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June 30, 2002
Vol. II, No. 24

"To Work Is Inhuman, To Create Divine"
Senior year of high school, my friends and I were mortified when our peers suggested our class song should be "Beer Drinkers and Hell Raisers" by ZZ Top. With a few years of perspective, I'm thinking maybe it was an idea ahead of its time. I've already covered beer here so I'm thinking now it may be time for the other.

Speaking of an idea whose time has come, this week I was introduced to the writings of Bob Black. In 1985, Mr. Black wrote an inspiring manifesto entitled "The Abolition of Work." Oh, if only it were so.
Unfortunately, work, work, work, it's all about work. Bach worked hard. Or did he? Was he working or was he simply having a good time being creative? Mr. Black would say Bach was enjoying productive, skilled labor that exercised his physical and intellectual capacities. Sounds like heaven to me but what of the debate about whether Bach's music was divinely inspired or simply a by-product of his earthly pursuits as a career musician?

For instance, after Jan Koster explored Bach's cantata output, he concluded that religion inspiration probably didn't play as prominent a role as generally thought in Bach's composing.

In contrast, the research of Dr. Thomas R. Rossin uses Bach's Calov Bible to show that Bach's music was indeed divinely inspired.

I think where both sides of this debate fall short is that they presume it's possible to ever know what is in the heart and mind of a person, least of all someone who has been dead for nearly 252 years (as of July 28). We can no more know what was in Bach's mind than someone can know what is in our own mind (Thank goodness!).

The answer to this debate won't be found by retracing Bach's footsteps, deciphering his scribblings in a Bible, or even by dissecting his music nine ways to Sunday. The answer can only be found by listening to Bach's music. The fact that his music connects in so many ways with so many people reveals its origin. It's like looking at the Grand Canyon or any beautiful sunset. There's a wordless understanding that you're experiencing the highest expression of nature; the beauty and quality of the experience speak for themselves. Within the earthly structure of his life, Bach created a body of work that's capable of touching the heaven in each of us.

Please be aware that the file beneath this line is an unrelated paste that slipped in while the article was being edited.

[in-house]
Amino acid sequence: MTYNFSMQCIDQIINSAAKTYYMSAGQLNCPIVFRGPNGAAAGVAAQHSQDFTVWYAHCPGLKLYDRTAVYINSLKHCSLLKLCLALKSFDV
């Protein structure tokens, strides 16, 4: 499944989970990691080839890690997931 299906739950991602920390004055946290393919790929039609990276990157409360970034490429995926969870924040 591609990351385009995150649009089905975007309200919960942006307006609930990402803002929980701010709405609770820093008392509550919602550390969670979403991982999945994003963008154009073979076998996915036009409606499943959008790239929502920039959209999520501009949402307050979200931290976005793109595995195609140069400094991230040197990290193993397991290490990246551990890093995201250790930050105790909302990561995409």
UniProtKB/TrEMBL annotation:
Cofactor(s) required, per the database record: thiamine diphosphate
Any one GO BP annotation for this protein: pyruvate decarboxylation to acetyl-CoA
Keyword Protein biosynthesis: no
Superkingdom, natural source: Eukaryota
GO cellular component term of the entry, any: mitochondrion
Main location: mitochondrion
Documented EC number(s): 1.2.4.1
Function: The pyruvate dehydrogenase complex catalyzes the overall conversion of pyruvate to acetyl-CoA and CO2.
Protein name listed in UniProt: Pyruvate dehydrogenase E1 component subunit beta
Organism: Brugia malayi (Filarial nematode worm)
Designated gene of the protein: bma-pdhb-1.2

Earthly Concerns:
There were some rather disturbing items in the July issue of TAO magazine. First up is the alarming rise in the number of prominent organists who have accepted endorsement contracts with digital organ manufacturers. I'm wondering at what percentage of their recitals they are playing digital organs? If it's a high enough percentage, then we should be hearing more about this important trend in our industry. If the percentage is low, then the endorsements simply ring hollow.

Then there's the self-congratulatory, full-page joint ad (page 89) by APOBA and the AGO, fawning over each other, while the AGO president laments in his final address that there hasn't been a Pipe Organ Encounter in every region this year. Meanwhile, he pops up on page 29 to show off his church's new pipe/digital Frankenstein. I don't know about you but it's all a little too Enron-esque for me.
Click this link to read comments and offer your own:

Links of Interest
Images of Bach's Calov Bible:

J.S. Bach and Scripture: Glosses from the Calov Bible Commentary
by Robin A. Leaver (Editor)

Calov Bible from Bach's Library

ZZ Top

Have a great week and keep your feet on the earth and your head in the clouds!

Dan Long

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